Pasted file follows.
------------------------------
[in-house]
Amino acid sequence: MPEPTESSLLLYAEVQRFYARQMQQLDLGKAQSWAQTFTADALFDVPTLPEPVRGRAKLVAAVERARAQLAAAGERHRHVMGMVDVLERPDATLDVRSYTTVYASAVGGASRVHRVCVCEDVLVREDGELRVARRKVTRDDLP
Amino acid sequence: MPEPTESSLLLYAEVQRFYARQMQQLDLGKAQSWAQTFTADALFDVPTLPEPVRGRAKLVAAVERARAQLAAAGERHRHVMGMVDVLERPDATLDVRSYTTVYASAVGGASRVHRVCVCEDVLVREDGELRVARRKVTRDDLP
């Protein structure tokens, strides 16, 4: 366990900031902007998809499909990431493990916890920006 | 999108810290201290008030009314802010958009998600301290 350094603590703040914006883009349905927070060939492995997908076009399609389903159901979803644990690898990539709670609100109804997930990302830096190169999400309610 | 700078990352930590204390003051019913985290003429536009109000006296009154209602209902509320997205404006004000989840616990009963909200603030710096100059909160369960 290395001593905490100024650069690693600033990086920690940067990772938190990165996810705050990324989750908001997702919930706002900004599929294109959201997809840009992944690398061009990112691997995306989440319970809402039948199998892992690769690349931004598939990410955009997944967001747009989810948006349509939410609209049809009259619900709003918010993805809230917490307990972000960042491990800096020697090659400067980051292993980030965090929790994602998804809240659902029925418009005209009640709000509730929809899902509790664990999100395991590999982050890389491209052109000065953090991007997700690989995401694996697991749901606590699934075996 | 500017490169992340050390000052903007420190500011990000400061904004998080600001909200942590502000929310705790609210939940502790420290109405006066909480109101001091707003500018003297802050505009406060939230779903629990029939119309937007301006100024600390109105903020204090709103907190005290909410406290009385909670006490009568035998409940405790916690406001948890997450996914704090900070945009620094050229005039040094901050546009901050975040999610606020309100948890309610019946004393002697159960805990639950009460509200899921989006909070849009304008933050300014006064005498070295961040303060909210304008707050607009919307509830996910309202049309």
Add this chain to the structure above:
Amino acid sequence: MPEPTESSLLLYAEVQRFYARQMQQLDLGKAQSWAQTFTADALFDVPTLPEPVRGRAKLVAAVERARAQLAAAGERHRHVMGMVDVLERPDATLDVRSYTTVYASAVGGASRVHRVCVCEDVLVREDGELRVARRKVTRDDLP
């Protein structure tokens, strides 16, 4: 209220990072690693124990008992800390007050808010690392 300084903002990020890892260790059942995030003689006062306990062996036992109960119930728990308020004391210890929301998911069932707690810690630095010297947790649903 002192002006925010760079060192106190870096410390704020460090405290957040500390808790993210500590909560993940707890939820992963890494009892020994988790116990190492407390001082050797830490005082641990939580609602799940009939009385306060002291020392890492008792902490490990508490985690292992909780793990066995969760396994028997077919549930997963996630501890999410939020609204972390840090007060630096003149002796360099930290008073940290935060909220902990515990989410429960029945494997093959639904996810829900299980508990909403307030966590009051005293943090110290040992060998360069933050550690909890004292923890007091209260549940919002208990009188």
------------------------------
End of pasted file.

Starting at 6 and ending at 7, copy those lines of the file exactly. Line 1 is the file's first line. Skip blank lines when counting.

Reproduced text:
Amino acid sequence: MPEPTESSLLLYAEVQRFYARQMQQLDLGKAQSWAQTFTADALFDVPTLPEPVRGRAKLVAAVERARAQLAAAGERHRHVMGMVDVLERPDATLDVRSYTTVYASAVGGASRVHRVCVCEDVLVREDGELRVARRKVTRDDLP
């Protein structure tokens, strides 16, 4: 209220990072690693124990008992800390007050808010690392 300084903002990020890892260790059942995030003689006062306990062996036992109960119930728990308020004391210890929301998911069932707690810690630095010297947790649903 002192002006925010760079060192106190870096410390704020460090405290957040500390808790993210500590909560993940707890939820992963890494009892020994988790116990190492407390001082050797830490005082641990939580609602799940009939009385306060002291020392890492008792902490490990508490985690292992909780793990066995969760396994028997077919549930997963996630501890999410939020609204972390840090007060630096003149002796360099930290008073940290935060909220902990515990989410429960029945494997093959639904996810829900299980508990909403307030966590009051005293943090110290040992060998360069933050550690909890004292923890007091209260549940919002208990009188």